Can Video Games Contribute to Career Success?
Video games may help gamers develop critical social, cognitive, and leadership skills
The interviewer introduces himself to me as I walk into his office. I smile and shake his hand. He asks me to sit down and we exchange pleasantries. We then get to the questions.
“Tell me about this part on your resume here,” he asks.
I answer, “Oh yes! Well, last year, I led a team of 25 people. I was responsible for lots of things. Some of these included developing strategies to achieve our core objectives and analyzing the problems when stuff didn’t work out the way we wanted it to. I was responsible for the recruiting, staffing, and performance of my team. I was also in charge of fostering an environment where communication, trust, and teamwork was prioritized.”
The interviewer sat back, impressed. “Sounds interesting, leading that team. What was the biggest challenge you faced in that role?”
“Definitely working with people of different backgrounds, experience, and age groups and trying to ensure we get along. We had a mission to achieve, you know?”
The interviewer nods, “Yes, it’s important to make sure collaboration is encouraged. I love your background and experience. I would love to have you on the team. When can you start?”
What do video games teach you?
Based on what you just read about the interview, you might have never guessed we were talking about my experience as a raid leader for my World of Warcraft guild.
You might be confused or surprised — it sounded like a job! And sometimes, video games can be similar to jobs, especially when it comes to the skills learned from them.
There are many misconceptions when people hear the word “gamer.” When some people think about gamers, they might think about teenagers with acne, sitting in their parents’ basements.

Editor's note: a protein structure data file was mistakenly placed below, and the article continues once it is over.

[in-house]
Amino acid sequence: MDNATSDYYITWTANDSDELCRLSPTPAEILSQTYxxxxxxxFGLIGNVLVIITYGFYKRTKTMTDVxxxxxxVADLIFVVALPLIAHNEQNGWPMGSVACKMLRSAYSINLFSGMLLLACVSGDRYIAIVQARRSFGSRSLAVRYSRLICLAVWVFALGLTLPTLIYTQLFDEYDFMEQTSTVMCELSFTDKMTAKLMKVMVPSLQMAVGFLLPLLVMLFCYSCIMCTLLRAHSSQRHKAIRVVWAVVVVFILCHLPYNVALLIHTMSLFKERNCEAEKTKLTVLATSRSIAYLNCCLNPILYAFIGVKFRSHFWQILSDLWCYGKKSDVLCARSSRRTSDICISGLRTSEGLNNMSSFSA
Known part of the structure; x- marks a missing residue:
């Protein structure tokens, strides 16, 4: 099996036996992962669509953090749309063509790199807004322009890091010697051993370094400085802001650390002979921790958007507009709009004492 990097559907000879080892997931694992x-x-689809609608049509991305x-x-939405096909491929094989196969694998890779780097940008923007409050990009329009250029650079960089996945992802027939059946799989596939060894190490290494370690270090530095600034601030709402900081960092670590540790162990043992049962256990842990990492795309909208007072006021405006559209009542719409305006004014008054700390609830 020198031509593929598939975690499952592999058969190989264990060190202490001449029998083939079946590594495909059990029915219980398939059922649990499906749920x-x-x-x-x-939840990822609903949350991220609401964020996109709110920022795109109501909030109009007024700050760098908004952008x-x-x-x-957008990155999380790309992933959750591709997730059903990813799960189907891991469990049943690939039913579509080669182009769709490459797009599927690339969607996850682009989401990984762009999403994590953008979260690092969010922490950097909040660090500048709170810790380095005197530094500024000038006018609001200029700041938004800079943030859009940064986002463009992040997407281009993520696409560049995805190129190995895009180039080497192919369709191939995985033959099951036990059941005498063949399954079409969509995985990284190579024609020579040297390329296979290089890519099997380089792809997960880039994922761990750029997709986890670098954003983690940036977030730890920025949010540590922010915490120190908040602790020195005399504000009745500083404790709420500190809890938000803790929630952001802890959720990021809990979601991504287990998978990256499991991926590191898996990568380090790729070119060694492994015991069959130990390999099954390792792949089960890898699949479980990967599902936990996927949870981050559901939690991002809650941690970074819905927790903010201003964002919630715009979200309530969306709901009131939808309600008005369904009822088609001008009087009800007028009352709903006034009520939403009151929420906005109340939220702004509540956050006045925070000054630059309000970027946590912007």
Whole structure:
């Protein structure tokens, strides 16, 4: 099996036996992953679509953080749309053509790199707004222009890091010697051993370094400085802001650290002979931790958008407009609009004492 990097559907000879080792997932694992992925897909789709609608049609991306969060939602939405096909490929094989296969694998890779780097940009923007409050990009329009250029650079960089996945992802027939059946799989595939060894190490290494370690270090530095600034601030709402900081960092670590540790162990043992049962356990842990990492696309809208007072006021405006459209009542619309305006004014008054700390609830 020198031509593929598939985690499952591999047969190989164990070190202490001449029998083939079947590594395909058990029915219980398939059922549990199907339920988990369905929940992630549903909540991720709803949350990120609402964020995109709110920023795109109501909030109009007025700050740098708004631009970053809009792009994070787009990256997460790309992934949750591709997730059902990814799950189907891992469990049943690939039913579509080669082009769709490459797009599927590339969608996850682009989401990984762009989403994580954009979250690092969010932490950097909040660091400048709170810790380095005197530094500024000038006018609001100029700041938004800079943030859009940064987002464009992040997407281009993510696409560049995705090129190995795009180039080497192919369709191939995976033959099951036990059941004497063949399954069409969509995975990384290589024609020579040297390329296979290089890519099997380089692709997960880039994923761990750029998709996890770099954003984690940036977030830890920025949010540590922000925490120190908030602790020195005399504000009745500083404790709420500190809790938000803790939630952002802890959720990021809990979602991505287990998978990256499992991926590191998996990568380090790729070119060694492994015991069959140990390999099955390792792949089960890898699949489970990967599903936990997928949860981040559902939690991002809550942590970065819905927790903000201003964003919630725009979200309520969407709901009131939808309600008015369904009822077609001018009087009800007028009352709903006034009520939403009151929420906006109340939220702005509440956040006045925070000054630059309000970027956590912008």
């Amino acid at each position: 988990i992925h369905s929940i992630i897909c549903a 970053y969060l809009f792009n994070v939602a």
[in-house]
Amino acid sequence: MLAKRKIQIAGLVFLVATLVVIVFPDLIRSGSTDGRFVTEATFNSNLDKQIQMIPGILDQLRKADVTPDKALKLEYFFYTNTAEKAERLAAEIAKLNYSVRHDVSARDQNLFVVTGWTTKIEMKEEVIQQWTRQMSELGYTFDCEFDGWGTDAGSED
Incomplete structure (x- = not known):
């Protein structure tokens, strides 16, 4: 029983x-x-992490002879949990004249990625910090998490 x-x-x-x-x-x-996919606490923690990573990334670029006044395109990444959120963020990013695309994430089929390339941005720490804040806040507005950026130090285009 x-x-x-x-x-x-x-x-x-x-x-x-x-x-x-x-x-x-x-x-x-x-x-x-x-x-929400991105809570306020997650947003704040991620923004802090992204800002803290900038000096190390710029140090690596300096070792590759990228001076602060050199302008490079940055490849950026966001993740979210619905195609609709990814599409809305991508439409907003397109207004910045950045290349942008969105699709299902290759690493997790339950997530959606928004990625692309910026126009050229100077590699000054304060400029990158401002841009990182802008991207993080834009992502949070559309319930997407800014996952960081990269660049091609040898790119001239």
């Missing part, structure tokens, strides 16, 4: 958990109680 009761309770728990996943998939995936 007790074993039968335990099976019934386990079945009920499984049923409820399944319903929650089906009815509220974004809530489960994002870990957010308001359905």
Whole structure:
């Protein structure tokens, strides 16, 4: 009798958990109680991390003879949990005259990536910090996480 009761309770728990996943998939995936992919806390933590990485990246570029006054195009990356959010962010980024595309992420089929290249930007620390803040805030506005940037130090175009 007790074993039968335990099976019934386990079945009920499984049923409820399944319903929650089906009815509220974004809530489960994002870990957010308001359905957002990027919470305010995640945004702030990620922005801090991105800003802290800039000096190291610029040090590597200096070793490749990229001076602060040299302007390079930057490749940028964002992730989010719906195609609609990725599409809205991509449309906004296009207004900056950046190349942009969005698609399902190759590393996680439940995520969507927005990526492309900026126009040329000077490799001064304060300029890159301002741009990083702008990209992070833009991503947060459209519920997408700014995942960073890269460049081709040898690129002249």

Or they might think that gamers' lack of physical interaction with the rest of the world renders them incapable of real social interactions with other human beings. But in reality, it’s quite the opposite!
Throughout my 10+ year career, I’ve been in a variety of leadership roles. According to my peers, I’m easy to get along with, a great team member, and a driven leader. I ensure I’m approachable as a manager and love to develop strategy and action plans.
I credit all of this to being a gamer. Here are all the ways playing video games has helped me develop the critical, social, and cognitive skills needed to be successful.
How to talk to people
As a child, I was majorly introverted and shy. I remember when my family would go out to a restaurant to eat, I would shut down with anxiety if my parents asked me to go ask the waiter for more silverware.
I found my escape in video games. Since my parents worked 60+ hours weekly, I was practically raised by video games. Don’t feel sorry for me!
For one, it was hot as hell in Texas. Playing outside was usually a miserable, sweaty experience. Secondly, I didn’t live in a nice part of town. Playing video games kept me out of trouble. Lastly, I was painfully awkward so I preferred keeping to myself as a child.